Buddhism
in the West." Shambhala Publications, 2013. ISBN 1559394072, p. 6 ^ "A Female Dalai Lama? Why It Matters". The Huffington Post. Retrieved May 4, 2013.  ^ A New Possibility: Introducing Full Ordination for Women into the Tibetan Buddhist
Buddhist
Tradition ^ Human Rights and the Status of Women in Buddhism ^ "Nonfiction Book Review: The Revolutionary Life of Freda Bedi: British Feminist, Indian Nationalist, Buddhist
Buddhist
Nun by Vicki Mackenzie. Shambhala, $16.95 trade paper (208p) ISBN978-1-61180-425-6". Publishersweekly.com. Retrieved 2017-06-10.  ^ "Works by Chögyam Trungpa
Chögyam Trungpa
and His Students". Dharma
Dharma
Haven. Dharma Haven. June 23, 1999. Retrieved 2013-10-14.  ^ "Ani Pema Chödrön". Gampoabbey.org. Archived from the original on 2010-11-17. Retrieved 2010-11-19.  ^ a b "Women Making History". Vajradakininunnery.org. Archived from the original on 2010-06-01. Retrieved 2010-11-19.  ^ "Khenmo Drolma". Vajradakininunnery.org. Archived from the original on 2010-06-01. Retrieved 2010-11-19.  ^ " Vajra
Vajra
Dakini Nunnery". Vajra
Vajra
Dakini Nunnery. Retrieved 2010-11-19.  ^ Haas, Michaela (2011-05-18). "2,500 Years After The Buddha, Tibetan Buddhists Acknowledge Women". Huffington Post.  ^ " Geshe
Geshe
Kelsang Wangmo, An Interview with the World's First Female Geshe
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nun professors or none? – OnFaith". The Washington Post.  ^ Nuns, Tibetan (2016-07-14). "Tibetan Buddhist
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Nuns Make History: Congratulations Geshema Nuns! - The Tibetan Nuns Project". Tnp.org. Retrieved 2016-10-04.  ^ July 15, 2016 (2016-07-15). "Twenty Tibetan Buddhist
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nuns are first ever to earn Geshema degrees - Lion's Roar". Lionsroar.com. Retrieved 2016-10-04.  ^ Stevens, William K. (1988-10-26). "U.S. Woman Is Named Reborn Buddhist
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Sources[edit]

Brunnhölzl, Karl (2004), The Center of the Sunlit Sky: Madhyamaka
Madhyamaka
in the Kagyu
Kagyu
Tradition, Shambhala, ISBN 1-55939-218-5  Coleman, Graham, ed. (1993). A Handbook of Tibetan Culture. Boston: Shambhala
Shambhala
Publications, Inc. ISBN 1-57062-002-4. Conze, Edward (1993). A Short History of Buddhism
Buddhism
(2nd ed.). Oneworld. ISBN 1-85168-066-7.  Cornu, Philippe (2001), "Nawoord", Schijn en werkelijkheid. De twee waarheden in de vier boeddhistische leerstelsels, KunchabPublicaties  Dhargyey, Geshe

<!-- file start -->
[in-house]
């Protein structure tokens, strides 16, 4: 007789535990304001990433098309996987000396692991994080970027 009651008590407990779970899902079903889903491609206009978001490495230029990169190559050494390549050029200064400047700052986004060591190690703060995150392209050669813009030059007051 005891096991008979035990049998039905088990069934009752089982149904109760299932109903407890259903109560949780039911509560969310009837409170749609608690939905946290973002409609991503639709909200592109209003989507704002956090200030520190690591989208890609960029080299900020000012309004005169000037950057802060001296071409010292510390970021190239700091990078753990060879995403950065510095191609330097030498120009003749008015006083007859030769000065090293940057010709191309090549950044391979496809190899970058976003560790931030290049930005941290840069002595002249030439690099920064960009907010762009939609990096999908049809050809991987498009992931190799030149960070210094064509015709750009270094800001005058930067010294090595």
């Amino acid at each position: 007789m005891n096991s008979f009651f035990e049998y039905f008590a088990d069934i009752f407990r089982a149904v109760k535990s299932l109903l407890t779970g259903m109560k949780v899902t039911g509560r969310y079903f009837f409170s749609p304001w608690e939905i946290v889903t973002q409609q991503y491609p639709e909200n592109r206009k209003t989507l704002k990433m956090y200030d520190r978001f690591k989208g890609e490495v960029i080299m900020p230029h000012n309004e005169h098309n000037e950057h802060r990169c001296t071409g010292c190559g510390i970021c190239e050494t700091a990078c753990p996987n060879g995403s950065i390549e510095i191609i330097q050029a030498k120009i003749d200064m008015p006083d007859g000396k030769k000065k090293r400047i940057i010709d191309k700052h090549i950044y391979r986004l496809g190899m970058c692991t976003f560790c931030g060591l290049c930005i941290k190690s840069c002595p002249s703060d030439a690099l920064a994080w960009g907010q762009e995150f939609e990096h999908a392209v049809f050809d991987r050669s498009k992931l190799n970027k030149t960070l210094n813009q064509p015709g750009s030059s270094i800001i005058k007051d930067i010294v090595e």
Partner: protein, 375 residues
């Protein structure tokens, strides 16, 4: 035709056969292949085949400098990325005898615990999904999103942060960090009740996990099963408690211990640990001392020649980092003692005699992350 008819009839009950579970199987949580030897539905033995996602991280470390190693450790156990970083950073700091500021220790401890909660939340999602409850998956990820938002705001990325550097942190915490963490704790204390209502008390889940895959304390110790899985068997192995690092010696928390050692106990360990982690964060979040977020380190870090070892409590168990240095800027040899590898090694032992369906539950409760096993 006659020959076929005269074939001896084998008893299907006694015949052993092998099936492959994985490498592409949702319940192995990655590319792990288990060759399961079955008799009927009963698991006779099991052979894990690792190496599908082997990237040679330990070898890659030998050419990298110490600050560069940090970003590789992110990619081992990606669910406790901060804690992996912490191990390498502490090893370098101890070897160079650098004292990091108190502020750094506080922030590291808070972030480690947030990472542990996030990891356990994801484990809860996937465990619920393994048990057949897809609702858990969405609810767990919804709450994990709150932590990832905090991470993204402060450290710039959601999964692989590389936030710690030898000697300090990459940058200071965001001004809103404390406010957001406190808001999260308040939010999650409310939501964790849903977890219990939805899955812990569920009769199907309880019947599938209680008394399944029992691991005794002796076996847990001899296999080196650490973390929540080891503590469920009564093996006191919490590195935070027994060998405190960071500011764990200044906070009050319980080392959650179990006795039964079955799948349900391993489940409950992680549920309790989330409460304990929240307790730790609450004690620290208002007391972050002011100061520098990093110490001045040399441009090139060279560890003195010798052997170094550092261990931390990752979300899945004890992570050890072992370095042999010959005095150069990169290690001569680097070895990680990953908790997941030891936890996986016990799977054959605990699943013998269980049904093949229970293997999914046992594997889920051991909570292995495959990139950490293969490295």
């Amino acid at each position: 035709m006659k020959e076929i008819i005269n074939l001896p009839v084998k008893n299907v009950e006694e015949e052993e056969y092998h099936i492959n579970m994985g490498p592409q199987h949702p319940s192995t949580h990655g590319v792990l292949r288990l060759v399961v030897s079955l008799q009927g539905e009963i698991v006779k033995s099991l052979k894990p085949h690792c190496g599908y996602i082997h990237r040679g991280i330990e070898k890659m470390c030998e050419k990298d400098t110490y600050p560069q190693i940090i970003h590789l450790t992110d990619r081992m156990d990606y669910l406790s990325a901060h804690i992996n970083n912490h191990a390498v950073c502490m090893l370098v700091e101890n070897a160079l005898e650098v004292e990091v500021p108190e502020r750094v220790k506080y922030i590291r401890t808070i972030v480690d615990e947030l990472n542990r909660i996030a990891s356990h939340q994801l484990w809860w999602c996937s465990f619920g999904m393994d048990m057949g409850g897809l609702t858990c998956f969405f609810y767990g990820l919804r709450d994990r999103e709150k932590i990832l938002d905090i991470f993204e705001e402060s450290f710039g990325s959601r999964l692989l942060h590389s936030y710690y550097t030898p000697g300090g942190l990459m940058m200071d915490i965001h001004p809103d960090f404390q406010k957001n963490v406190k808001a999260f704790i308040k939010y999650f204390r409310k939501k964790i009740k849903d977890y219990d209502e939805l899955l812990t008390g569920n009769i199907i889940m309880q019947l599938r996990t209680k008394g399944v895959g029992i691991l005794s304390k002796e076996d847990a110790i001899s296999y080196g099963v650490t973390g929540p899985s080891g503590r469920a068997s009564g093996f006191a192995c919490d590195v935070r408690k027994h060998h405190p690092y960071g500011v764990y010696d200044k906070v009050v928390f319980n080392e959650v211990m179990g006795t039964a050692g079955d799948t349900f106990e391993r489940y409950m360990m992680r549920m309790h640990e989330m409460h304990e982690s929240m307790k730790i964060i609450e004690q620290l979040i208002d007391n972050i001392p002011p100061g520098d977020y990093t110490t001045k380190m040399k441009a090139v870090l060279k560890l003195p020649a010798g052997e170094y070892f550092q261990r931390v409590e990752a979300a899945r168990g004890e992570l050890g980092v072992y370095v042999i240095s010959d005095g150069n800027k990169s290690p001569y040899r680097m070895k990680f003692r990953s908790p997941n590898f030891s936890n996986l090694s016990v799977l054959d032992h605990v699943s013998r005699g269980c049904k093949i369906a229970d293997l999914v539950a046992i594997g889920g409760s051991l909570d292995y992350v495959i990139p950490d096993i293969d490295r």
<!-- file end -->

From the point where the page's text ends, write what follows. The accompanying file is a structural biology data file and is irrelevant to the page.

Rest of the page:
Geshe
Ngawang (1978). Alexander Berzin, ed. Tibetan Tradition of Mental Development. Translated by Sharpa Tulku
Tulku
(3rd ed.). Dharmsala: Library of Tibetan Works and Archives.  [A pithy lam-rim by a geshe appointed in 1973 by the Dalai Lama
Dalai Lama
as head of the translation team at the Tibetan Library.] Dhargyey, Geshe
Geshe
Ngawang (1982). Alexander Berzin, ed. An Anthology of Well-Spoken Advice on the Graded Paths of the Mind, Vol. I. Translated by Sharpa Tulku. Dharmsala: Library of Tibetan Works and Archives. ISBN 81-86470-29-8.  [The first part of a more extensive lam-rim by a geshe appointed in 1973 by the Dalai Lama
Dalai Lama
as head of the translation team at the Tibetan Library. The language of this publication is very different from that of the 1978 work by the same lama due to widespread changes in choice of English terminology by the translators.] Hill, John E. "Notes on the Dating of Khotanese History." Indo-Iranian Journal, Vol. 13, No. 3 July 1988. To purchase this article see: [1]. An updated version of this article is available for free download (with registration) at: [2] Hookham, S.K. (1991), The Buddha within : Tathagatagarbha doctrine according to the Shentong
Shentong
interpretation of the Ratnagotravibhaga, Albany, NY: State University of New York Press, ISBN 978-0791403587  Hopkins, Jeffrey (1996). Meditation
Meditation
on Emptiness. Boston: Wisdom. ISBN 0-86171-110-6.  [Definitive treatment of emptiness according to the Prasaṅgika- Madhyamaka
Madhyamaka
school.] Lati Rinpoche
Rinpoche
(1980). Elizabeth Napper, ed. Mind in Tibetan Buddhism: Oral Commentary on Ge-shay Jam-bel-sam-pel's "Presentation of Awareness and Knowledge Composite of All the Important Points Opener of the Eye of New Intelligence. Translated by Napper. Valois, NY: Snow Lion. ISBN 0-937938-02-5.  Mullin, Glenn H (15 December 2008). Living in the Face of Death: The Tibetan Tradition. Snow Lion Publications. ISBN 978-1-55939-908-1.  Nyanaponika Thera
Nyanaponika Thera
(1965). The Heart of Buddhist